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Phytother Res. 2018 May;32(5):796-810. doi: 10.1002/ptr.6020. Epub 2018 Feb 8.

Pregnancy and herbal medicines: An unnecessary risk for women's health-A narrative review.

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Department of Gynecology, Federal University of São Paulo (UNIFESP), São Paulo, 04021-001, Brazil.
Department of Obstetrics and Gynecology, University of São Paulo (USP), São Paulo, 05508-010, Brazil.
Department of Morphology and Genetics, Federal University of Sao Paulo (UNIFESP), São Paulo, 04021-001, Brazil.
Department of Medicinal Chemistry, College of Pharmacy, University of Florida (UFL), Gainesville, 32611, FL, USA.
Department of Biobehavioral Nursing Science, College of Nursing, University of Florida (UFL), Gainesville, 32611, FL, USA.


The indiscriminate use of herbal medicines to prevent or to heal diseases or even the use for questionable purposes such as weight loss has received both interest and scrutiny from the scientific community and general public alike. An increasing number of women put their own and the unborn child's health at risk due to a lack of knowledge about the phytochemical properties and adequate use of herbal medicine (phytomedicines or herbal supplements) and lack of communication with their healthcare provider. The purpose of this narrative review was to summarize the use of herbal medicines during pregnancy and their potential toxic effects to highlight the importance of caution when prescribing herbal medicines or supplements for women, because, in addition to suffering interactions and a great amount of information obtained in preclinical predictive studies, assessment of nephrotoxicity, neurotoxicity, hepatotoxicity, genotoxicity, and teratogenicity of traditional medicinal herbs still remains scarce in the clinical setting.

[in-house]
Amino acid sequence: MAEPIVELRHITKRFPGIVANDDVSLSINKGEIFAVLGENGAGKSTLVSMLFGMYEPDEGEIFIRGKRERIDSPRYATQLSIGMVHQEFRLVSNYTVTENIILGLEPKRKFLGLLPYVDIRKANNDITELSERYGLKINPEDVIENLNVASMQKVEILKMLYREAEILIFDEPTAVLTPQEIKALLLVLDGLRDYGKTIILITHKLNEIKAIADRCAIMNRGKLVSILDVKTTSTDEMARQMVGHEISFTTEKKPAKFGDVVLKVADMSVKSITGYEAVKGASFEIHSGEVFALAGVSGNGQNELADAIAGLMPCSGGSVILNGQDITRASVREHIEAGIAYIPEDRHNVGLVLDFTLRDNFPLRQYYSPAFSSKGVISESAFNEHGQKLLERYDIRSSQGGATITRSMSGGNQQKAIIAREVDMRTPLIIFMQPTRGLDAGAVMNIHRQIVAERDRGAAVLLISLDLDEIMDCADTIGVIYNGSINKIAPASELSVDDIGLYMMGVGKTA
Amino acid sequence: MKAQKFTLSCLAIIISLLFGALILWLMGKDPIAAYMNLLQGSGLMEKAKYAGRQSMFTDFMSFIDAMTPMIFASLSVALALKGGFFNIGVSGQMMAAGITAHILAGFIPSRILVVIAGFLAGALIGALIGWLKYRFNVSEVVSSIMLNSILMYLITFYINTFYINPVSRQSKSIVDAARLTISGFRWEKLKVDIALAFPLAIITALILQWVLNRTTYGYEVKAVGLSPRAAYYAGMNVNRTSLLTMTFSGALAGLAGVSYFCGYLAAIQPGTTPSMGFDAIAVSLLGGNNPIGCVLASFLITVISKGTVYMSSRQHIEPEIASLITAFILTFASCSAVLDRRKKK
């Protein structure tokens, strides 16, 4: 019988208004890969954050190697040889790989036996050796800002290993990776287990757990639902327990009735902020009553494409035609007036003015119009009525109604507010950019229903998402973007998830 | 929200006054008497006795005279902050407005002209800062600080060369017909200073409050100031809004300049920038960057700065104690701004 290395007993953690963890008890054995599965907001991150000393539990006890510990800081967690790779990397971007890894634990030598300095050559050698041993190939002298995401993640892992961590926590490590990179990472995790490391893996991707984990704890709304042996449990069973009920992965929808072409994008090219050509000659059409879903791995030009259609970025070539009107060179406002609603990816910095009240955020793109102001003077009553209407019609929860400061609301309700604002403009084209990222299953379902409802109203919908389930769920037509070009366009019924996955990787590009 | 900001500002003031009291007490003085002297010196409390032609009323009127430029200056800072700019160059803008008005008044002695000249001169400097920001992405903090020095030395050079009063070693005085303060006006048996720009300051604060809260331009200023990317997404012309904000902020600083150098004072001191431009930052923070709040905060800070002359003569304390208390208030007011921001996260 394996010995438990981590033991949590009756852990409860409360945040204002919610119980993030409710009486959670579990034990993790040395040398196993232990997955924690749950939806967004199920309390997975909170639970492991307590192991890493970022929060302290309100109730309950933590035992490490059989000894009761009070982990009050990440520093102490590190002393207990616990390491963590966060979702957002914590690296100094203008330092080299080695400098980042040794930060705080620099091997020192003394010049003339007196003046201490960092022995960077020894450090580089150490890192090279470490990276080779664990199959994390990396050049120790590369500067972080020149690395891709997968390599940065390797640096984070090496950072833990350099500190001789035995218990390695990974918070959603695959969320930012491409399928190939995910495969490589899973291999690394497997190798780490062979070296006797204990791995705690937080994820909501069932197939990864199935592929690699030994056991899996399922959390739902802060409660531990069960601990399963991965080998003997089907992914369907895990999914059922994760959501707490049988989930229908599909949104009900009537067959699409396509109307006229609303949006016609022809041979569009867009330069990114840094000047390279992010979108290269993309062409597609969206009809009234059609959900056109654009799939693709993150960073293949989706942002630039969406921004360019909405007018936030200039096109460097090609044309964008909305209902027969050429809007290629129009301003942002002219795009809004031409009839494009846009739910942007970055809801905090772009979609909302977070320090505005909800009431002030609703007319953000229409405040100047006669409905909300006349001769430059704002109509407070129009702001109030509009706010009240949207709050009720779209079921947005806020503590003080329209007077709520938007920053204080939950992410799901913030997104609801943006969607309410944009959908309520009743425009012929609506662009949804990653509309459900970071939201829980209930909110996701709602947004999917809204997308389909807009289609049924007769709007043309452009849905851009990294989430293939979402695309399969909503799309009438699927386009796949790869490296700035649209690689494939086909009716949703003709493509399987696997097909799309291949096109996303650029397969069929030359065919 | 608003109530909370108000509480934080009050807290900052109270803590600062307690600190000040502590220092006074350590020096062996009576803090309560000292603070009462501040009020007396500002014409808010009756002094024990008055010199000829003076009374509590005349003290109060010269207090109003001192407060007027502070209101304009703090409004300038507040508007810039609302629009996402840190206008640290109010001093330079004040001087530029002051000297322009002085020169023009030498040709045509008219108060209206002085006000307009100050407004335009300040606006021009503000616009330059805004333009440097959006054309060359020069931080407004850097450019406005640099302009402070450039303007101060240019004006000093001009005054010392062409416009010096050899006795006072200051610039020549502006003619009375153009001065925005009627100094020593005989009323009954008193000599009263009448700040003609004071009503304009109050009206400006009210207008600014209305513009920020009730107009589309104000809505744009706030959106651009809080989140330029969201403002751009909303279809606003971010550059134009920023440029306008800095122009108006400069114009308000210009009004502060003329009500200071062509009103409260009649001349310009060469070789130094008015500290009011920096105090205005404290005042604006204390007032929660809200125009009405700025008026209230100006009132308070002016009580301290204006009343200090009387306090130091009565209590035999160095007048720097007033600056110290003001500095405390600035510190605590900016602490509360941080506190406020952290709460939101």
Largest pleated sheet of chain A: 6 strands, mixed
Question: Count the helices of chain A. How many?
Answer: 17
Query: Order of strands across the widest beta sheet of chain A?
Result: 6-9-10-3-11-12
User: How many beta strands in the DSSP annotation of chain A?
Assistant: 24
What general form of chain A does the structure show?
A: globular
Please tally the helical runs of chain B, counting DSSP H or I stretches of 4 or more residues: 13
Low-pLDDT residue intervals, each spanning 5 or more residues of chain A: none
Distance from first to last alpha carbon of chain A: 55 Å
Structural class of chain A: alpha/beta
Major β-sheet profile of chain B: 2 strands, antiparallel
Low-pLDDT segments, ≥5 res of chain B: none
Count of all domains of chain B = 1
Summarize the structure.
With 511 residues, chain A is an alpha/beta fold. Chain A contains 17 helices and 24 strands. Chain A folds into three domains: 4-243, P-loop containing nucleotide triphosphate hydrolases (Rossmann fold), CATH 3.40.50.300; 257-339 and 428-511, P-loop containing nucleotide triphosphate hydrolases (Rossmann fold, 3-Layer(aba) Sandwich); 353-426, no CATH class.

herbal medicine; pregnancy risks; teratogenicity; toxicity

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